Microbial contamination of cellular mobile devices used by medical staff and healthcare workers (HCWs) in Al-Yarmouk Teaching Hospital, Baghdad, Iraq
Background: Mobile phones are widely used non-medical portable electronic devices. The uses of mobile phones occur in hospital wards, Consultation clinic, laboratories, and pharmaceutical warehouse and also in operation rooms. Over the past decade, mobile phones have become an essential accessory in our social and professional life. The mobile phones of health care workers harbor many harmful pathogens which serve as a reservoir for nosocomial infections.
Aims: We aimed to investigate Microbial contamination for cellular mobile devices used by medical staff and healthcare workers in Al-Yarmouk Teaching Hospital, Baghdad, and detection of microbes that cause these contaminations, whether bacterial, fungal or parasitic.
Materials and Methods: Samples were collected from mobile devices of 16 physicians, 23 residents, 18 interns, 10 pharmacists and 35 nurses. Three sterile swabs moistened with sterile saline and each was rotated over the surface of both sides of the mobile phones.
Results: Out of 102 mobile samples of medical staff in Al-Yarmouk Teaching Hospital evaluated, growth was observed in 80 samples (78.4%) and the remaining 22 (21.6%) were sterile. Eight species of Bacteria were isolated, 35(34.3%) Staphylococcus epidermidis, 29 (28.4%) Staphylococcus aureus, 13(12.7%) Escherichia coli, 8(7.8%) Klebsiella spp, 7(6.9%) Streptococcus pyogenase, 6 (5.9%) Proteus mirabilis, 4 (3.9%) Bacillus spp and 3 (2.9%) Pseudomonas aeroginosa. There were fungal isolates as follows: 6 (5.88%) Candida spp, 4 (3.92%) Aspergillus spp, 3 (2.9%) Mucor spp, based on mycelia, color and spores. Eggs & cysts of parasite haven’t seen under microscope. The highest rates of single growth was 13 (12.7%) reported among Resident, while the higher percentage of single growth recorded in General Surgery department. There were statistical relations between microbial growth and gender, profession and department of healthcare workers.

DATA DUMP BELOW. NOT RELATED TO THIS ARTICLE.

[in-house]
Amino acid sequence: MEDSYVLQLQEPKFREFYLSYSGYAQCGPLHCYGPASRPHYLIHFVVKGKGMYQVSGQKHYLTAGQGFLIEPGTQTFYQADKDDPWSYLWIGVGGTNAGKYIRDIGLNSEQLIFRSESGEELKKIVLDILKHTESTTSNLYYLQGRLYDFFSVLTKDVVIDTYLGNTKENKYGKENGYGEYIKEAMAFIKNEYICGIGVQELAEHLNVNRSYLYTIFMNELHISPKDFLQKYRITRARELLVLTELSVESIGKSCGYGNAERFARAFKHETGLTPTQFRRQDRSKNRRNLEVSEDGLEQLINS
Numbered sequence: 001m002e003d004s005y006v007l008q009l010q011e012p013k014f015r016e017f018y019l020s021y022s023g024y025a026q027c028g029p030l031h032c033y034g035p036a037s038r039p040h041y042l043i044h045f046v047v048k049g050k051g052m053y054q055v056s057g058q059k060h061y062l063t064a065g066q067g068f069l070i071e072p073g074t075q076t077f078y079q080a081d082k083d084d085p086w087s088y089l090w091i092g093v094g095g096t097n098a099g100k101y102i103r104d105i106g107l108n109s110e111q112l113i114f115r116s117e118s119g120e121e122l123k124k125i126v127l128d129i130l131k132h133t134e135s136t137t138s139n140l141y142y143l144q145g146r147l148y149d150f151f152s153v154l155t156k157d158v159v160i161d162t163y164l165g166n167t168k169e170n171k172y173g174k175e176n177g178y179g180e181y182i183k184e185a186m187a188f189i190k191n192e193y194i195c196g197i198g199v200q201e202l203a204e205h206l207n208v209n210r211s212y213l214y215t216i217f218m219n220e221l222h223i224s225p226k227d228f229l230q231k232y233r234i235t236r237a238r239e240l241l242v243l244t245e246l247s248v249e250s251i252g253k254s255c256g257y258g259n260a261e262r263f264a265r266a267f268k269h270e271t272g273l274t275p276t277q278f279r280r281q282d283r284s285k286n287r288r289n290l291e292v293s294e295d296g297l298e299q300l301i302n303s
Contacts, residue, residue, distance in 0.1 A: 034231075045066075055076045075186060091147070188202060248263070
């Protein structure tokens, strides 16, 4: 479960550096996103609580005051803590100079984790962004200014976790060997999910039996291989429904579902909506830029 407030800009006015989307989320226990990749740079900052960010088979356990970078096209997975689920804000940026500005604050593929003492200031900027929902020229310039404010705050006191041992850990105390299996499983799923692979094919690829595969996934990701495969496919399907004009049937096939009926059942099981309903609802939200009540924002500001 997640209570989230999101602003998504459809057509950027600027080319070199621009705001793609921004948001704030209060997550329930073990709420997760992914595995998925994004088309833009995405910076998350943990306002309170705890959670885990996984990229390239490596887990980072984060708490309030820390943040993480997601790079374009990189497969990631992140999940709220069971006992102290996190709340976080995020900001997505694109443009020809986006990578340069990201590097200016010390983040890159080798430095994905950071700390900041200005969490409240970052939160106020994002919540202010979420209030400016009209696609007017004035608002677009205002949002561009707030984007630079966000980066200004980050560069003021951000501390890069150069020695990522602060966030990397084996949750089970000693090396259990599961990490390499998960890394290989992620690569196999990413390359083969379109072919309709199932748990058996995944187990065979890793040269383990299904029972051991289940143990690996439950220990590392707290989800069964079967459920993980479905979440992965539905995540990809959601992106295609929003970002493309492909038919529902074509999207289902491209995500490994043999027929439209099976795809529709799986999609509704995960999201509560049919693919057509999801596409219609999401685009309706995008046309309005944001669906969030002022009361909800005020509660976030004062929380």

Conclusions: The current study showed that 78% of 102 samples taken from mobiles of medical staff in Al-Yarmouk Teaching Hospital in Baghdad city, were contaminated by several microbes, most of which belonged to the natural flora of the human body as well as airborne fungi and soil. So it is necessary to sterilize your hands after contact with cell phones as an important source for the transfer of these microbes.